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How donor agencies can make the transition to strategic private sector engagement

The Practitioner Hub’s January blog series on ‘Demystifying donor-business collaborations’ hit a spot: There is an urgent need to uncover the issues that can make donor agencies’ private sector engagement efforts succeed or fail.

We all know the buzzwords that describe our common vision of private sector engagement: It’s supposed to be strategic and innovative, across all areas of donor agencies’ work, and deliver lasting commercial and development benefits. Donors and businesses are equal partners – bringing in complementary resources to act on joint agreements – typically involving a change to a company’s investments, where they are made, and how.

What is often underestimated is: transitionWorking this way requires a fundamental shift in how donor agencies are organised and operate. Institutionally, they are still largely set up as bilateral agencies – focused on providing conditional funding or technical assistance to governments in particular. This is also reflected in traditional mechanisms for working with business: While often described as partnerships, these tended to be transactional and top-down, with donor procedures dictating the shape of support.  Now is perhaps the first time that agencies are seriously reviewing how they need to change their way of working as a basis for ‘real’ partnerships with business.

Indeed, moving from traditional formats to the new vision of private sector engagement launches donor agencies on a change process at all levels. This can appear daunting at first. And yet, as a number of pioneering agencies demonstrate, practical steps can make a big difference in the ability to engage the private sector as a strategic partner, rather than as contractors. The Secretariat of the Donor Committee for Enterprise Development (DCED) has done initial research on what these change steps look like in donor and other development organisations, and we found three common types of change:

  • New agency policy, programming and funding frameworks;
  • revised staff roles, team configurations and responsibilities; and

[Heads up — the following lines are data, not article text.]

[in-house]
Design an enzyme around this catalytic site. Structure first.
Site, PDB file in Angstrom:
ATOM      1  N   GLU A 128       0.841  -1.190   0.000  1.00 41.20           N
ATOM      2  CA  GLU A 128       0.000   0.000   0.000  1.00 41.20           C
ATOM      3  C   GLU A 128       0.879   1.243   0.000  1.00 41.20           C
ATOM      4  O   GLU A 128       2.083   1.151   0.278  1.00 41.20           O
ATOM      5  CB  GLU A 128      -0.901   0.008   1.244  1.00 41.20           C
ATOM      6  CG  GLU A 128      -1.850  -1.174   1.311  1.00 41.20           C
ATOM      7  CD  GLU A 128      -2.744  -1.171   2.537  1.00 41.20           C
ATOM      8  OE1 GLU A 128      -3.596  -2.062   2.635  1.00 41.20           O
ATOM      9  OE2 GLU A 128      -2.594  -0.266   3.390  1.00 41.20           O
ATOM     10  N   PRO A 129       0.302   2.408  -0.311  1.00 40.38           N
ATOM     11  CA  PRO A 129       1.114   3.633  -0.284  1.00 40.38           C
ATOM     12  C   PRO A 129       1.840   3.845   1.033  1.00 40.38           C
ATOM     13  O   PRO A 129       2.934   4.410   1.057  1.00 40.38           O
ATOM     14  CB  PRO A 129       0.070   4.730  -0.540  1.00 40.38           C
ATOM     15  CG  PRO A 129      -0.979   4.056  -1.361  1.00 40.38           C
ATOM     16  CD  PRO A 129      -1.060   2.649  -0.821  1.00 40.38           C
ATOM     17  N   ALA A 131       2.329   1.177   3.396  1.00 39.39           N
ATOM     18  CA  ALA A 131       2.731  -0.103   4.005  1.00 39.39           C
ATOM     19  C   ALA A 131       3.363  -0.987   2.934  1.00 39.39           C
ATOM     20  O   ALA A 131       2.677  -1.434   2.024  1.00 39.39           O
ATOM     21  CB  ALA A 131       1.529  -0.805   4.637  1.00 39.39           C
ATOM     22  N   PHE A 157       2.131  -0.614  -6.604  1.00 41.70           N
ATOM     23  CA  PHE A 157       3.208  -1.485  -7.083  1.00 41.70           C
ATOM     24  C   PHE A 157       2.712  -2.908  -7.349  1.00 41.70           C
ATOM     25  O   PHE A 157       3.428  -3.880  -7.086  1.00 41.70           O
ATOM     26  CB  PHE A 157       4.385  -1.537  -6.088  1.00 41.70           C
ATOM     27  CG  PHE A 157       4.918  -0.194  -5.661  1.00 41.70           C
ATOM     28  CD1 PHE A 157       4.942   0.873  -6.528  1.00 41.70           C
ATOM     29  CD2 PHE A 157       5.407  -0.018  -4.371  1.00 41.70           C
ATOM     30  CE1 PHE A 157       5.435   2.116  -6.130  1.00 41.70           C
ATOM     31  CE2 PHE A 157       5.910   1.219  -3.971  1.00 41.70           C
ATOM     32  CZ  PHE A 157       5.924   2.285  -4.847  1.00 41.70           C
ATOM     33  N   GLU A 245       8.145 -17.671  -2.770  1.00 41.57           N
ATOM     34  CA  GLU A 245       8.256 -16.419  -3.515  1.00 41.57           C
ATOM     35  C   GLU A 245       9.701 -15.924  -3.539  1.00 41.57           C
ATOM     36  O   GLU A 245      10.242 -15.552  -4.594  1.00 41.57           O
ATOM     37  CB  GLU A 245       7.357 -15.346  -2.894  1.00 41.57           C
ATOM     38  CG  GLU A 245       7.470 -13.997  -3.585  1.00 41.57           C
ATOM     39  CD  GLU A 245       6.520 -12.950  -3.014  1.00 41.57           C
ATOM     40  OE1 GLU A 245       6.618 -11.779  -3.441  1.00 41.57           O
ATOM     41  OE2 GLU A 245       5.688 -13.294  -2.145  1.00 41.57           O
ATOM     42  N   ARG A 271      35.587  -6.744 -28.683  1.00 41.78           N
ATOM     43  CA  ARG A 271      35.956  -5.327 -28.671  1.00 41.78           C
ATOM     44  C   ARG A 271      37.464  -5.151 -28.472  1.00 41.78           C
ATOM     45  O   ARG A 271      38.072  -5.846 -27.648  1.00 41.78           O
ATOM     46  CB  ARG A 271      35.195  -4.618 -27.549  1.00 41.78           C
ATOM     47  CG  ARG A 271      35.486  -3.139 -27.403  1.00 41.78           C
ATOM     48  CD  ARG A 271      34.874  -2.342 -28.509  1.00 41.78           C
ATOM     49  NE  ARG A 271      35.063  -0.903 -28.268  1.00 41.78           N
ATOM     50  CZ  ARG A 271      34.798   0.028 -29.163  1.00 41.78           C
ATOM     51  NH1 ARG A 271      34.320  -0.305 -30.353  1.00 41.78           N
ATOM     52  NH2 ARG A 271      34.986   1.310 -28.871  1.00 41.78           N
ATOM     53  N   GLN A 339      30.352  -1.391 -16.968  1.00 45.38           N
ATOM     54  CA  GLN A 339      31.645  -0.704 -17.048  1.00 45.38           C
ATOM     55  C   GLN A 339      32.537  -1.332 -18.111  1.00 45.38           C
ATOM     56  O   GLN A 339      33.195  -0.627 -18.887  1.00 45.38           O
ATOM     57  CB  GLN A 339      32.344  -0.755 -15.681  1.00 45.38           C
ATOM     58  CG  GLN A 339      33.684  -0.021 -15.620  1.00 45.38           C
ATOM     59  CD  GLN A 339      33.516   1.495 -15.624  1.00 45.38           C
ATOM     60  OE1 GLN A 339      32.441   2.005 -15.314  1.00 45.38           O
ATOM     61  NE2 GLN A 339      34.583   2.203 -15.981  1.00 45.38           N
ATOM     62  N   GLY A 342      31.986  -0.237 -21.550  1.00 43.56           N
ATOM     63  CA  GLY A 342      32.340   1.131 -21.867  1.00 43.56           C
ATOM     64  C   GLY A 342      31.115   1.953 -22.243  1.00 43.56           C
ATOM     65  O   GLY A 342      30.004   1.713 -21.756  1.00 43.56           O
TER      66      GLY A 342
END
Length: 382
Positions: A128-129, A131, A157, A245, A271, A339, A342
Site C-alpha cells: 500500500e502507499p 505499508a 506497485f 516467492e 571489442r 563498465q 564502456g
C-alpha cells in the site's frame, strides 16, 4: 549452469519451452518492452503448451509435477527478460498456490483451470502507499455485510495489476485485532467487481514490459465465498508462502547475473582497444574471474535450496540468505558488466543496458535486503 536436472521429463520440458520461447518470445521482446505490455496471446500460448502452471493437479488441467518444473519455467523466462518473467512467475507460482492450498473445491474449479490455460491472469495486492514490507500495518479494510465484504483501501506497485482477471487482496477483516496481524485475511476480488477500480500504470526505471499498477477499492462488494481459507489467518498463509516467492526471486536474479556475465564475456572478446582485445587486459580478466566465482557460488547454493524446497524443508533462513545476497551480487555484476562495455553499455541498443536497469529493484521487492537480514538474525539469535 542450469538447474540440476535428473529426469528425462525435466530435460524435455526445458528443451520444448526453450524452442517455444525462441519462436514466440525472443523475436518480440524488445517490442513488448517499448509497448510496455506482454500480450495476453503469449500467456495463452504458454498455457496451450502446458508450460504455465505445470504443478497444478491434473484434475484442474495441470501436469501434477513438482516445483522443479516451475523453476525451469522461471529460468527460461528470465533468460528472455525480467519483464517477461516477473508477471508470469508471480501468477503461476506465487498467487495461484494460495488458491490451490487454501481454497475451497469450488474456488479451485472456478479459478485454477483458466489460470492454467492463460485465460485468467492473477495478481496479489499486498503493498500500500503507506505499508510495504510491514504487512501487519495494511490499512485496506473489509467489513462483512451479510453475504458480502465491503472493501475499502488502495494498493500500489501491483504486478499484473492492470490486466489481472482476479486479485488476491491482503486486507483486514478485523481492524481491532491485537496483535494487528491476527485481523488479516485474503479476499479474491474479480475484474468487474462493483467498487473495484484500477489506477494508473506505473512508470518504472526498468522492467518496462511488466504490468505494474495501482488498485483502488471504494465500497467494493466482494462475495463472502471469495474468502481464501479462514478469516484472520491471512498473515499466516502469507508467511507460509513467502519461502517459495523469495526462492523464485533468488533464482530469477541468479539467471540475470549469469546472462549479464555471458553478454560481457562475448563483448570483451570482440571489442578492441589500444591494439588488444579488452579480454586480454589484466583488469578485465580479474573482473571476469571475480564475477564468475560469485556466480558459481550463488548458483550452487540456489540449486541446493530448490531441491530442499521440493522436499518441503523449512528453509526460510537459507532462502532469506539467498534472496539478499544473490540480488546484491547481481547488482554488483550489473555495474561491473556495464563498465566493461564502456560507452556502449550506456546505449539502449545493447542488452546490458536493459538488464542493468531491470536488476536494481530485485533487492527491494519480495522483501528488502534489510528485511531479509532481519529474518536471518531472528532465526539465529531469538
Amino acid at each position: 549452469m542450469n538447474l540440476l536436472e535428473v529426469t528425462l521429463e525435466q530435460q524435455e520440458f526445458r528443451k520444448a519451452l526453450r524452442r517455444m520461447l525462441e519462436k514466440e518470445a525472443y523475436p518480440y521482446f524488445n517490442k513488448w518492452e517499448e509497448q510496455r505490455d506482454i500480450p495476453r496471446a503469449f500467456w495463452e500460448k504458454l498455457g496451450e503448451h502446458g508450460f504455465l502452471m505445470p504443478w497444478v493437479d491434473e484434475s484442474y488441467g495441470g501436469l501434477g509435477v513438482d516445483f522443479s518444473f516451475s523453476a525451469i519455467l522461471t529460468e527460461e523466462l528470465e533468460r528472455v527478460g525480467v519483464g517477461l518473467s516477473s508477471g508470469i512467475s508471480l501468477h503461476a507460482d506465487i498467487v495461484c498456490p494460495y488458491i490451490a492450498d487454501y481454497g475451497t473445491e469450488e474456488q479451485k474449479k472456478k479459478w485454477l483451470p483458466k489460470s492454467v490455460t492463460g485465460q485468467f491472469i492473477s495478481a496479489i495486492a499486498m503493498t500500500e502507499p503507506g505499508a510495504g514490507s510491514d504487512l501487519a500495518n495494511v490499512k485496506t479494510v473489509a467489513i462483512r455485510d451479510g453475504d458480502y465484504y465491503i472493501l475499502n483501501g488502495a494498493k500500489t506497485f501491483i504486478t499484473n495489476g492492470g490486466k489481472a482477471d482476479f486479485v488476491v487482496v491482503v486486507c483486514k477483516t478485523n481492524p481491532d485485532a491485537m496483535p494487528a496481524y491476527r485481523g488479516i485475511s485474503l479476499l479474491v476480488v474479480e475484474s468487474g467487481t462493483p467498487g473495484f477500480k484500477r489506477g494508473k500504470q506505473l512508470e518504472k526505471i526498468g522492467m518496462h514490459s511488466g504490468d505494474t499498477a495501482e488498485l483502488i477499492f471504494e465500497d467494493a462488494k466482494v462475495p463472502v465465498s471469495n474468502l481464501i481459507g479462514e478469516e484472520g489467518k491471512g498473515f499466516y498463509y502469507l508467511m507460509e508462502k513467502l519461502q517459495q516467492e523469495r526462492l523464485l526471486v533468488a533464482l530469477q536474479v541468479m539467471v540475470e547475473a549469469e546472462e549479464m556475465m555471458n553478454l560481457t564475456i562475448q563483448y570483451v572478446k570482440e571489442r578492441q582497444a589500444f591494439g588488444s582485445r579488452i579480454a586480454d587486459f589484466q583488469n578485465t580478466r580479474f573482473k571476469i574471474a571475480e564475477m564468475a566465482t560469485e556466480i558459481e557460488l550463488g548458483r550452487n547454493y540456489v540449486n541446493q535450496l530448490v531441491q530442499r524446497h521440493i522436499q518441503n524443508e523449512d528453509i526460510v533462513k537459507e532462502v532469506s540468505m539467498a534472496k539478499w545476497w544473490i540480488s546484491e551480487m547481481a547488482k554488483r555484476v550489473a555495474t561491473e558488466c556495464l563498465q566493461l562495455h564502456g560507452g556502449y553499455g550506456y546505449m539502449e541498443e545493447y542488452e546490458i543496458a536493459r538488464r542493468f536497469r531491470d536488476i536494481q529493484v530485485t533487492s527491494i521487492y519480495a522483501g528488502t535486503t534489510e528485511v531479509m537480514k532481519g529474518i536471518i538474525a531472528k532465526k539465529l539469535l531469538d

• efforts to build staff skills, experience and buy-in into new ways of working.

1. New policy, programming and funding frameworks are an important entry point for systematically engaging the private sector in development. A few agencies are now actively consulting business to make their engagement strategies more demand-led. Others have developed more nuanced strategies, with a particular focus on businesses that have a demonstrated interest in sustainable development issues.

Emerging approaches to developing partnerships stand in contrast to traditional mechanisms: they may involve preparatory discussions of several months or even years, to understand business interests of a company and identify development solutions of commercial interest; and they focus on building longer-term relationships, with a wider spectrum of collaborations over time.

Flexible, centrally managed funds, which can be accessed by all technical staff, are one way in which some agencies plan support such strategic partnerships with business. Other new funding frameworks enable donor agencies to respond to business needs in more nimble and intelligent ways. One example are innovation funds, which provide different forms of financial support to the testing or expansion of highly innovative investments.

2. In order to effectively implement new private sector engagement approaches, several organisations are creating or adapting roles of individual staff as well as entire teams.